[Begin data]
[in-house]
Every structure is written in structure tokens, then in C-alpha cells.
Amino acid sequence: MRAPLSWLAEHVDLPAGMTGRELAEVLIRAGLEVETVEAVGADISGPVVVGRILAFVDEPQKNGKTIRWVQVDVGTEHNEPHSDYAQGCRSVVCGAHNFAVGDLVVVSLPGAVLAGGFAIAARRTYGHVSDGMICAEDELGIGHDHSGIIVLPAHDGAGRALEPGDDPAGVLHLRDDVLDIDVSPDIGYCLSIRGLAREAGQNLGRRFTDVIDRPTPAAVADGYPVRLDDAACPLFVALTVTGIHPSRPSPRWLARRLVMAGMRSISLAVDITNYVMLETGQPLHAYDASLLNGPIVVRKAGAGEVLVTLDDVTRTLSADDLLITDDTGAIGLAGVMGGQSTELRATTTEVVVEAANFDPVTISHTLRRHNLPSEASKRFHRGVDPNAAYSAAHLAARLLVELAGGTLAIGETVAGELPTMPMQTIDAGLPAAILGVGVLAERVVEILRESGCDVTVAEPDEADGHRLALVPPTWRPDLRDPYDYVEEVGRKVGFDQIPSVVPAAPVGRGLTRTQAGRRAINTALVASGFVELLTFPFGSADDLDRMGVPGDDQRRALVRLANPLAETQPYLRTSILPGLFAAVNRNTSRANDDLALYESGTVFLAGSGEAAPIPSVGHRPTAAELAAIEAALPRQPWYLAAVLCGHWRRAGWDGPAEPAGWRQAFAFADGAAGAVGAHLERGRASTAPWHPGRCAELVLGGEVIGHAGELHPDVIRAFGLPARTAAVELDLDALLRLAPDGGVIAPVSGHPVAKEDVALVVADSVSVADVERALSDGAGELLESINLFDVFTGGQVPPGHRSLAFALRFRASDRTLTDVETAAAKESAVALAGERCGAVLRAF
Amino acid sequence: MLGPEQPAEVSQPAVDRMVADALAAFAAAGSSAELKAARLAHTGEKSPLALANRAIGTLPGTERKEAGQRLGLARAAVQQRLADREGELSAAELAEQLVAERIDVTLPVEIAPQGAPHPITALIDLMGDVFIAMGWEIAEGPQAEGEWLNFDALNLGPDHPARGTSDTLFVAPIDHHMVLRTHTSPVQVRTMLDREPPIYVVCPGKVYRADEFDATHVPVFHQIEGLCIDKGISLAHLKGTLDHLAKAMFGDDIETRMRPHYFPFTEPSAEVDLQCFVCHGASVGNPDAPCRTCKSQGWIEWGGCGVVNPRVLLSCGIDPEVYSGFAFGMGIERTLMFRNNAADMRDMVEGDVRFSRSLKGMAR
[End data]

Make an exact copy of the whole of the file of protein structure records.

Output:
[in-house]
Every structure is written in structure tokens, then in C-alpha cells.
Amino acid sequence: MRAPLSWLAEHVDLPAGMTGRELAEVLIRAGLEVETVEAVGADISGPVVVGRILAFVDEPQKNGKTIRWVQVDVGTEHNEPHSDYAQGCRSVVCGAHNFAVGDLVVVSLPGAVLAGGFAIAARRTYGHVSDGMICAEDELGIGHDHSGIIVLPAHDGAGRALEPGDDPAGVLHLRDDVLDIDVSPDIGYCLSIRGLAREAGQNLGRRFTDVIDRPTPAAVADGYPVRLDDAACPLFVALTVTGIHPSRPSPRWLARRLVMAGMRSISLAVDITNYVMLETGQPLHAYDASLLNGPIVVRKAGAGEVLVTLDDVTRTLSADDLLITDDTGAIGLAGVMGGQSTELRATTTEVVVEAANFDPVTISHTLRRHNLPSEASKRFHRGVDPNAAYSAAHLAARLLVELAGGTLAIGETVAGELPTMPMQTIDAGLPAAILGVGVLAERVVEILRESGCDVTVAEPDEADGHRLALVPPTWRPDLRDPYDYVEEVGRKVGFDQIPSVVPAAPVGRGLTRTQAGRRAINTALVASGFVELLTFPFGSADDLDRMGVPGDDQRRALVRLANPLAETQPYLRTSILPGLFAAVNRNTSRANDDLALYESGTVFLAGSGEAAPIPSVGHRPTAAELAAIEAALPRQPWYLAAVLCGHWRRAGWDGPAEPAGWRQAFAFADGAAGAVGAHLERGRASTAPWHPGRCAELVLGGEVIGHAGELHPDVIRAFGLPARTAAVELDLDALLRLAPDGGVIAPVSGHPVAKEDVALVVADSVSVADVERALSDGAGELLESINLFDVFTGGQVPPGHRSLAFALRFRASDRTLTDVETAAAKESAVALAGERCGAVLRAF
Amino acid sequence: MLGPEQPAEVSQPAVDRMVADALAAFAAAGSSAELKAARLAHTGEKSPLALANRAIGTLPGTERKEAGQRLGLARAAVQQRLADREGELSAAELAEQLVAERIDVTLPVEIAPQGAPHPITALIDLMGDVFIAMGWEIAEGPQAEGEWLNFDALNLGPDHPARGTSDTLFVAPIDHHMVLRTHTSPVQVRTMLDREPPIYVVCPGKVYRADEFDATHVPVFHQIEGLCIDKGISLAHLKGTLDHLAKAMFGDDIETRMRPHYFPFTEPSAEVDLQCFVCHGASVGNPDAPCRTCKSQGWIEWGGCGVVNPRVLLSCGIDPEVYSGFAFGMGIERTLMFRNNAADMRDMVEGDVRFSRSLKGMAR